I guarantee that a lot of viewers are going to watch The 5th Wave and their immediate thought will be, "Oh...this is Independence Day." (Keeping in mind that Independence Day was just a big-budget version of H.G. Wells' The War of the Worlds.) Yes, alien invasion movies have been around since the 1950s (when they abounded), but for a certain generation, when they show that shot of the mothership hanging in the sky, Independence Day is the first thing which comes to mind. And then we get scenes of tidal waves destroying landmarks, and we immediately think of...Independence Day (or any Roland Emmerich movie. That man loves destroying landmarks.) When the aliens come to Earth and we learn that they can look like anyone else, Invasion of the Body Snatchers or maybe The Puppet Masters come to mind. The second half of the film, in which Cassie is traversing the countryside, is reminiscent of every post-apocalyptic movies.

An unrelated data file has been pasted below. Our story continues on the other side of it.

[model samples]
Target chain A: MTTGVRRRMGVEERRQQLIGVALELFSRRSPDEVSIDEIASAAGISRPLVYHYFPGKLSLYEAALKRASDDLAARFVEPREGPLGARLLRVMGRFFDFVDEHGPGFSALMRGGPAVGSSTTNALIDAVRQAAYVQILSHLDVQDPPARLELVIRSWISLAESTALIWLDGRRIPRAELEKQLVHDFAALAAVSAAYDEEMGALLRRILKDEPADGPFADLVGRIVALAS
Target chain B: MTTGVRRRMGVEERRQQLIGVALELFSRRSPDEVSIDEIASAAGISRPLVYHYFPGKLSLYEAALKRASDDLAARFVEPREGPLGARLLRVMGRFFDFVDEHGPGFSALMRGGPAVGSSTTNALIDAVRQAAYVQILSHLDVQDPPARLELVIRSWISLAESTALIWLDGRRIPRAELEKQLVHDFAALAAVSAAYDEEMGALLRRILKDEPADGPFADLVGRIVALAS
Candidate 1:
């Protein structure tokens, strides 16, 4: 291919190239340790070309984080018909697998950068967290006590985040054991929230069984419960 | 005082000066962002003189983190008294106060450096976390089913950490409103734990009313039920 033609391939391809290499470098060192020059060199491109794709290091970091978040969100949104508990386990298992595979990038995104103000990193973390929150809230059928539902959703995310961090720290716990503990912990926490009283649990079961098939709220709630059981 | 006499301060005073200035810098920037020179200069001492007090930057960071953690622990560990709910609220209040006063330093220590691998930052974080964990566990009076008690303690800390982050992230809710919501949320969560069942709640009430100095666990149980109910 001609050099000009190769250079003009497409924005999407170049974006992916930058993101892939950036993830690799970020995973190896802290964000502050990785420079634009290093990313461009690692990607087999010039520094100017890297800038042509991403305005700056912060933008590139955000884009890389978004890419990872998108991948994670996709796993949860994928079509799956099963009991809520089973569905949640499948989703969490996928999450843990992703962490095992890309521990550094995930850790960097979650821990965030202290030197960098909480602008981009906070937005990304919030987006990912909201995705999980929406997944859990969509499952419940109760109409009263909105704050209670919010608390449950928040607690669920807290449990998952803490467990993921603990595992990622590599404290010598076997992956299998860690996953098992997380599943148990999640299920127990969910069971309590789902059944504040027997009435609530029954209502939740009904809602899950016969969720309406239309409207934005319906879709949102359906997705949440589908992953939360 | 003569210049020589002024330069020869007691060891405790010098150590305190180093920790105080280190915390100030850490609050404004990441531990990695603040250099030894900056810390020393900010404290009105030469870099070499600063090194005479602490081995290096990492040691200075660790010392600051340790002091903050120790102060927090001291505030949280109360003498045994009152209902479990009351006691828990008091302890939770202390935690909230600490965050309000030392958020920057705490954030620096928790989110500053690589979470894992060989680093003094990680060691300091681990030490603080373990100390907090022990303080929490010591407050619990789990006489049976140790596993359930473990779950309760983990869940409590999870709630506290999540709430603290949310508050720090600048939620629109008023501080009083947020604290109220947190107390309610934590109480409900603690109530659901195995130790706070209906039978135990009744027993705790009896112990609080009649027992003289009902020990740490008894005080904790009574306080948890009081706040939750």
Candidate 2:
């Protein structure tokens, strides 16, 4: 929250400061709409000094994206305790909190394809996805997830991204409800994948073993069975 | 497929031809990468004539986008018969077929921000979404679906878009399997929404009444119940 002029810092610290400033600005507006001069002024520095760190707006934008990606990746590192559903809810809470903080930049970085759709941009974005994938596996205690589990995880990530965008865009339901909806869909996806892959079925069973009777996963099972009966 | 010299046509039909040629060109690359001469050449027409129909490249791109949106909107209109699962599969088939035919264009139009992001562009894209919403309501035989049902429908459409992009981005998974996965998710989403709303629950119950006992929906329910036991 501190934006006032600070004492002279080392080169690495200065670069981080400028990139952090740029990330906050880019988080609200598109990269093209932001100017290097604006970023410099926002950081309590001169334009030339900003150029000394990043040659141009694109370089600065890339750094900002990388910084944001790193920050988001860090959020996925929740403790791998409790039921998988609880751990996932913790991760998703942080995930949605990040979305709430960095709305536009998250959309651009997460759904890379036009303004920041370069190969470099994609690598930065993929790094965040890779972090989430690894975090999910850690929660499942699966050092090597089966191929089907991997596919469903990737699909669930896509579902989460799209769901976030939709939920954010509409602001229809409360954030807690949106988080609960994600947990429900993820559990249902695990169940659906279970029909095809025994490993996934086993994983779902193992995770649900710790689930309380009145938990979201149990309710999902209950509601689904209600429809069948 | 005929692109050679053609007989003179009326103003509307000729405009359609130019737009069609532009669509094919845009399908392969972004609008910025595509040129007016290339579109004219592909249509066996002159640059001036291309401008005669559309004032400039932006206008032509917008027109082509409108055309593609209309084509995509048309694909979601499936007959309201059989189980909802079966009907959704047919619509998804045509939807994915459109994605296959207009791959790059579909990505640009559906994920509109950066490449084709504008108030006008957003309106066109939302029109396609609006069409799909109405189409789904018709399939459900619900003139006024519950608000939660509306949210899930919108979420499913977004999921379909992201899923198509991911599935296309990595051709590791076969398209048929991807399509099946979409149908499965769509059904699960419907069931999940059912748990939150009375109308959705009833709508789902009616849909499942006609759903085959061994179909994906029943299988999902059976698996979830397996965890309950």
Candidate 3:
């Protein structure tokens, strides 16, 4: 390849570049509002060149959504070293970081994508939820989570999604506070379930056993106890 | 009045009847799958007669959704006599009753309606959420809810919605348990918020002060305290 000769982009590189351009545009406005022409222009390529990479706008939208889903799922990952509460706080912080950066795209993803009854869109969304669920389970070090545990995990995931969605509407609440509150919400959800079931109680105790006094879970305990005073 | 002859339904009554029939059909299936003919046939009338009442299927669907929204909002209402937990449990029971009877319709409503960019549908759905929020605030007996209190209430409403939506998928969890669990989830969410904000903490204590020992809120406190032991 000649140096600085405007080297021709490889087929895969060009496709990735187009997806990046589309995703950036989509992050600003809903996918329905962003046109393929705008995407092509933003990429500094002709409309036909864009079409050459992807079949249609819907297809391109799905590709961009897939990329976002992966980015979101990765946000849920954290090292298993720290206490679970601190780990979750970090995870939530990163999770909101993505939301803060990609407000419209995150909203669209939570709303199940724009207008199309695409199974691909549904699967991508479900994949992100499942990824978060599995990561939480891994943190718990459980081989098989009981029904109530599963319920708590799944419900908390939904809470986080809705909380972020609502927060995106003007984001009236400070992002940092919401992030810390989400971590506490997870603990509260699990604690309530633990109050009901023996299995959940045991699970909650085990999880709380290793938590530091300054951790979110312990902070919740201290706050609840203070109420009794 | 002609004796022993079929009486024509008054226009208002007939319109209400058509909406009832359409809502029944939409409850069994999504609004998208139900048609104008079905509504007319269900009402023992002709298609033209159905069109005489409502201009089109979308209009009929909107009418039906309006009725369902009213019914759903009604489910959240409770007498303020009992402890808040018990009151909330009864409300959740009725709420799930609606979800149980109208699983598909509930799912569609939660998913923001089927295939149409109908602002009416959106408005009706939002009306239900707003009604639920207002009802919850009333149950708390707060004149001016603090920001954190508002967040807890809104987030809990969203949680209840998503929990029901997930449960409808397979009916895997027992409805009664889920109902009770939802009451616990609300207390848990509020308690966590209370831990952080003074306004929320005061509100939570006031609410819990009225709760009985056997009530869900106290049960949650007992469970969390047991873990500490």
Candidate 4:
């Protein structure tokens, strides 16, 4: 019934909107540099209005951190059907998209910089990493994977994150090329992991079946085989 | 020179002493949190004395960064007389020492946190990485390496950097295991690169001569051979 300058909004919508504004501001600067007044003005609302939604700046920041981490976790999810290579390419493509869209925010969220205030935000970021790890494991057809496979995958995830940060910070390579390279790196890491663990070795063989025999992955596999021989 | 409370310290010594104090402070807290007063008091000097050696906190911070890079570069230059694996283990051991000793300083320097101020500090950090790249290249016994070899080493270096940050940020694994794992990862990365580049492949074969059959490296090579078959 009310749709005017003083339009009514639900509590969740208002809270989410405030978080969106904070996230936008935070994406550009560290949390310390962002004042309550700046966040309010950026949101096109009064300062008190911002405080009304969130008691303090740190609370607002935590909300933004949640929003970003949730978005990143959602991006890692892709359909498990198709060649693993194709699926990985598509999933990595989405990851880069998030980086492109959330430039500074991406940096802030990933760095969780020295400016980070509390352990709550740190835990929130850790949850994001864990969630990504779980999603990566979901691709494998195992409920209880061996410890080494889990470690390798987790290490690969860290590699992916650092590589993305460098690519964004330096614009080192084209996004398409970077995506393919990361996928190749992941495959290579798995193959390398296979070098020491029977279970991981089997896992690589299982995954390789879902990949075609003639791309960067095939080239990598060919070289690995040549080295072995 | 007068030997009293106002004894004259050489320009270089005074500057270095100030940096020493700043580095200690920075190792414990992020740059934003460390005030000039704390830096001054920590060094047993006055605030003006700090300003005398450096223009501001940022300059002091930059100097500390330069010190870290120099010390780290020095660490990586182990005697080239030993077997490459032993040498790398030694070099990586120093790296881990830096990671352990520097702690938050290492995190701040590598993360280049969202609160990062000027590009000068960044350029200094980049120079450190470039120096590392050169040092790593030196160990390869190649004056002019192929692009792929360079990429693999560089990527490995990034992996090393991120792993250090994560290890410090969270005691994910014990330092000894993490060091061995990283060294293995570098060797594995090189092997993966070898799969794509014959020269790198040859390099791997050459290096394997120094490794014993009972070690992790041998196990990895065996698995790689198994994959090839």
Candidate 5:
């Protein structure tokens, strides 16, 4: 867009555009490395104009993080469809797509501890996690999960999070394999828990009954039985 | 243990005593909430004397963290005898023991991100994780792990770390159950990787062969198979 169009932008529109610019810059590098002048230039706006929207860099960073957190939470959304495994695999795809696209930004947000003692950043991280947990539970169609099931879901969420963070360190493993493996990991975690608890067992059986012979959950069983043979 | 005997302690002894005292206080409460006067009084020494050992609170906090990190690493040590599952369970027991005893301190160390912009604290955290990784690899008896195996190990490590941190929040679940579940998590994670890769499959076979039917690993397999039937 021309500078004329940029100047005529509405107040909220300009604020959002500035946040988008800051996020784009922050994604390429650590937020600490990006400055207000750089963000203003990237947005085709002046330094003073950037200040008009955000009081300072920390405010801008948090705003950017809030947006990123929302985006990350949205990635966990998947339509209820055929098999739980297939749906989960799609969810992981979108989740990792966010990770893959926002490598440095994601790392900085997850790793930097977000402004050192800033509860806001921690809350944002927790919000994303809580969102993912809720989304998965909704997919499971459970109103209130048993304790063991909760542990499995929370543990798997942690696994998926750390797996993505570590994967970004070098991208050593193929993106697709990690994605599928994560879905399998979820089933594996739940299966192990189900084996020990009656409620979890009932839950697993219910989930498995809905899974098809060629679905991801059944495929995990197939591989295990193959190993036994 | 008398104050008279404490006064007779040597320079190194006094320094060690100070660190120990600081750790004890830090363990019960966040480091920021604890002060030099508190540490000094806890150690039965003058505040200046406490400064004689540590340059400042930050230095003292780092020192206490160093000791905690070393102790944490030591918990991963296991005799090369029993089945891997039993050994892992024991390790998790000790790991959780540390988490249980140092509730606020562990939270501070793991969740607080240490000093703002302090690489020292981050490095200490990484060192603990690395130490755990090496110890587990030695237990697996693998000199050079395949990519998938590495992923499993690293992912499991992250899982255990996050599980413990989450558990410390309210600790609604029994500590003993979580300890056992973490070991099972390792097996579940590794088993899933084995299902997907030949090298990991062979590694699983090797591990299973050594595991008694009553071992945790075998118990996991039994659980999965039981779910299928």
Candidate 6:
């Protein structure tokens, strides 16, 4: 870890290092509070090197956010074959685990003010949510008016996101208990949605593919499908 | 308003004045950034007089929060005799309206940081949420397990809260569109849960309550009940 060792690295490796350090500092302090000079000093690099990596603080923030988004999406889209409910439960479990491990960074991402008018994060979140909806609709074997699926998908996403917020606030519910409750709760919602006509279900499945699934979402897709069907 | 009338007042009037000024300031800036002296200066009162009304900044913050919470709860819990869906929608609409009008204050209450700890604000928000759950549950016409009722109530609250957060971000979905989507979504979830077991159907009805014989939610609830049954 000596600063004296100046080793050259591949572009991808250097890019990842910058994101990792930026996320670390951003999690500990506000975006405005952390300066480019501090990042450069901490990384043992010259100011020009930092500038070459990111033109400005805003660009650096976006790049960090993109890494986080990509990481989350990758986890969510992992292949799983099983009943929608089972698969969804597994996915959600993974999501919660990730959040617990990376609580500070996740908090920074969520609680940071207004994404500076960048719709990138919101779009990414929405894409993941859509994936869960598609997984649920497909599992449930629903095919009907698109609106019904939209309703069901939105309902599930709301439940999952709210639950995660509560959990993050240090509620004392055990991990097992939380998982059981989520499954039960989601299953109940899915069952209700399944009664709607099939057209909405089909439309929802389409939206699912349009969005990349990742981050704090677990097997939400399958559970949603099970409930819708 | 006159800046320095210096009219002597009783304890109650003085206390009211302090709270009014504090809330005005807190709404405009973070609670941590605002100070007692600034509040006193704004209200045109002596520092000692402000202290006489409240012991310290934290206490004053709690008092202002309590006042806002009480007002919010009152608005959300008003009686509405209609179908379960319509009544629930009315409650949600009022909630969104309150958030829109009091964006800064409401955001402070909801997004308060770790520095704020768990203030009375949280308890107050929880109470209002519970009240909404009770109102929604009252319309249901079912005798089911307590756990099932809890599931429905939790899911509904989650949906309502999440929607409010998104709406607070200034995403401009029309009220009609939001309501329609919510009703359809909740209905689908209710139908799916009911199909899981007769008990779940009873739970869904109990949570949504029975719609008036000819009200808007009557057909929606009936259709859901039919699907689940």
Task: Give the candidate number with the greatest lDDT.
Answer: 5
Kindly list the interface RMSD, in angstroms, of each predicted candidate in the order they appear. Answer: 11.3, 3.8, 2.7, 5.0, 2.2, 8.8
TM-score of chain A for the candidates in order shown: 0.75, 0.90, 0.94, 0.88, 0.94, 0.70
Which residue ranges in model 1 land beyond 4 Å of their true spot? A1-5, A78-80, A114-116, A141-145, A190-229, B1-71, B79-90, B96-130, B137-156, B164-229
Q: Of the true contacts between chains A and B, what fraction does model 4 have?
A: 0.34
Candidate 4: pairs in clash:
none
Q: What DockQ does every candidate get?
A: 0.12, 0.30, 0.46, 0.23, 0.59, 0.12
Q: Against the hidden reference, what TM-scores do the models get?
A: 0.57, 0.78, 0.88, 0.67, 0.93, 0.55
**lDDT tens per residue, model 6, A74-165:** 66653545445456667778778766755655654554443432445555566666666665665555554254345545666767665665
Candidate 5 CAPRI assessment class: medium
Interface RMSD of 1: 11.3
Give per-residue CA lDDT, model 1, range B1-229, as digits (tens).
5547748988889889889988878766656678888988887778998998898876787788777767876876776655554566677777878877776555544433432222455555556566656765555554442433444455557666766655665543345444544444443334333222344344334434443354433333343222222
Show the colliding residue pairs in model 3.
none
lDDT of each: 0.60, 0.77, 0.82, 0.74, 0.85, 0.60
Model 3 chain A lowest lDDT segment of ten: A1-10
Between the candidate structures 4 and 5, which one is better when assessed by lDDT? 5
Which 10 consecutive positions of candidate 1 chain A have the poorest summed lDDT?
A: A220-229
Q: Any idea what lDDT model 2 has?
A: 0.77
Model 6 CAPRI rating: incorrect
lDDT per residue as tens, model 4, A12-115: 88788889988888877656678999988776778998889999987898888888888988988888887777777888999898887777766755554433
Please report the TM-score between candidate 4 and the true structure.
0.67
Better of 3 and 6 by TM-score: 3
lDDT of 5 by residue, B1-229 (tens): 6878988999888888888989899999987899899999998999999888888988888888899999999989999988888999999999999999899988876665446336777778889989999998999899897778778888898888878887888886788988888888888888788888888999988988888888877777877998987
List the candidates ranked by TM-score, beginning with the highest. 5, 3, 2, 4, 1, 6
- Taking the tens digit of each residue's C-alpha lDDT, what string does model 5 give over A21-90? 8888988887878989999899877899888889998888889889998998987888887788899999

Obviously, the point is that there isn't much going on in The 5th Wave that we haven't already seen before. I haven't read the source novel by Rick Yancey, so I'm not sure how closely the movie follows it, but the film version certainly picks and chooses from many other familiar stories in order to put its tale together. The movie is further hampered by its somewhat bland tone. Maybe it's because I felt that I'd seen it all before, but I felt that The 5th Wave really dragged, especially in the middle. We see a lot of things happening, but most of it is not very engaging. I like Chloe Grace Moretz as an actress, but the movie works to hard to make her and "everygirl", and thus she comes across as very one-dimensional. (In the movie's defense, several early scenes which aimed at giving Cassie more depth were cut from the final product.) The second half of the film is a perfect demonstration of things which can work in a book, but don't really click in a movie. Once the children are taken for their military training, they are all given nicknames like Teacup, Dumbo, and Zombie. Hearing the characters call each other by these names comes across as silly.